5 Tips for Working with Fonts

March 16, 2009 | Design Basics

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Most small business owners find themselves creating their own proposals, presentations, reports and memos. They don’t have the time or the money to have a designer available to create everything. Here are few tips to use fonts wisely so your materials still look professional.

  1. Limit the number of fonts. That long list of typefaces that comes up when you go to choose a font can be mesmerizing. However, stick to one or two only. You can still use the bold and italics within each typeface. A few combinations that are tried & true are: a serif face for long running type and a sans serif for headlines; a sans serif for body copy and a fun, decorative font for headlines; serif type for the main copy and serif type for sidebars. Even better, just choose one typeface for the entire piece and only change the size and weight.
  2. Don’t underline anything other than a link. Underlined text is now universally used to show that text is a hyperlink, and it is confusing to use it for anything else. There was a time (way back when there were typewriters with no italics) that people underlined items that were supposed to be italic. Now, I still occasionally see the underline for emphasis. People read underlines as links, and if they don’t link, then they think something is broken.
  3. Pay attention to the type size. Many people use the defaults when working in programs like Word or Powerpoint. However, keep in mind the final application. If the Word document is going to be printed, you may be able to use a smaller typeface than the default. Also, when possible, tailor your powerpoint slides to their final application–are they going to projected in a large room, or are they going to be printed out. Again, if they are primarily going to printed and handed out you can decrease the size of the fonts throughout.
  4. Be consistent with your typestyling. Don’t switch around a lot between centered and flush left and justified. Always use the same font, size, weight, and color for all your subheads. Use stylesheets, but don’t necessarily use the default settings. Set up a sample page and then override & save your settings.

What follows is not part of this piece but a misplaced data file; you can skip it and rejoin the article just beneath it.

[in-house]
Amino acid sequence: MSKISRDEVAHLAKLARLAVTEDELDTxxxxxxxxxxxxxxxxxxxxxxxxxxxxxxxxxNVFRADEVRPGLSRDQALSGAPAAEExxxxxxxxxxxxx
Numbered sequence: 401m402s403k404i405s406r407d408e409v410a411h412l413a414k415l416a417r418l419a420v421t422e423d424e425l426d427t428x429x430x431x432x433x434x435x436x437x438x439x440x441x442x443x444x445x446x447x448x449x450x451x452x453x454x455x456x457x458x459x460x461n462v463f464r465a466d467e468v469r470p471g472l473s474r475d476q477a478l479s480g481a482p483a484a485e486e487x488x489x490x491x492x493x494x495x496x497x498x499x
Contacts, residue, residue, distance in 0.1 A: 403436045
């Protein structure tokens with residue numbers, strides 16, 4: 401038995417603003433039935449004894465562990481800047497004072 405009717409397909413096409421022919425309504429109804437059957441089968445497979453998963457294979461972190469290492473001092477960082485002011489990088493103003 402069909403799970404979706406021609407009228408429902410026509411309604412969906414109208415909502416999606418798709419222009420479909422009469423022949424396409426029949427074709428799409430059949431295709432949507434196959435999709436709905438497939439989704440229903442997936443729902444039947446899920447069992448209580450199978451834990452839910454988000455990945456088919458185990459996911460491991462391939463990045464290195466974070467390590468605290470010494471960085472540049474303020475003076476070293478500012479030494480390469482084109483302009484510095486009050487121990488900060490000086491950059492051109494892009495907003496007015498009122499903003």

5. Use high quality fonts. I know, you’ve got hundreds of free fonts installed on your machine. But on some computers 100% of them are poor quality. You probably only own a handful of higher quality fonts. Since you’re limiting yourself to just a few fonts anyway (see point #1), just turn off the rest. You’ll  want to keep the web-safe fonts installed (Geneva, Verdana, Arial, Times, Georgia, etc.), and then just a few others. If you work with a designer who has picked out some typefaces for your other materials find out the names of those fonts and purchase them. Yes, actually spend $50 – 200 to buy professionally designed fonts. If you’re looking through your list some better ones to consider: Caslon, Garamond, Bembo, Minion, Myriad, Futura and Univers.

Wondering about some of the fonts on your computer? Let me know, and I’ll give you an opinion on whether they are worth using.


  1. Lisa Plimpton | March 18, 2009 at 2:48 pm

    Hi Emily, Great post–very helpful! The only font I have from your list is Garamond. I usually use Times New Roman for reports, but sometimes choose Book Antiqua and/or Tahoma if I’m trying to make something look catchy. What do you think?
    P.S. A pet peeve: I hate justified text!

  2. Emily Brackett | March 18, 2009 at 9:06 pm

    Lisa, good to hear from you! Times New Roman is one of those ubiquitous fonts that’s good, but really not great. I think you’ll find if you set a document in Garamond and compare it to the Times it will look less cramped and just more “easy on the eyes”. Book Antiqua is a windows-only system font that is (supposed to be) comparable to Palatino for the Mac. That should mean it’s good for running copy, although a bit light so you don’t want to go too small with it.

    Tahoma is a sans serif with a tall x-height and fairly wide shape to the letters. This means it’s still very readable at small points sizes. As a large headline type you will begin to see the subtle flares of the serif, which could, indeed, make something look a bit more catchy.

    And I agree, justified type is hard to make look good. One of the reasons for this is that a program like Word does not have the capabilities to deal with the type in the same way a professional design program does. A program like InDesign can read additional data from the typeface itself and also has sophisticated formulas for adjusting the word and letterspacing within justified type. You’ll notice that justified type within a book (typeset using a professional program) will look much better than justified type coming from Word.

    Thanks for stopping by and come back soon!

  3. Kelly Battaglia | May 27, 2009 at 2:45 pm

    Hi, Em –

    I just read about a book called Stop Stealing Sheep & Find Out How Type Works – http://tinyurl.com/qr5abl – and your blog on this topic came to mind.

  4. Emily Brackett | May 27, 2009 at 7:16 pm

    Kelly, That book is an all time favorite. Erik Spiekermann is a favorite designer and typographer. It’s great to see that others, outside of the small graphic design field, are reading it too.


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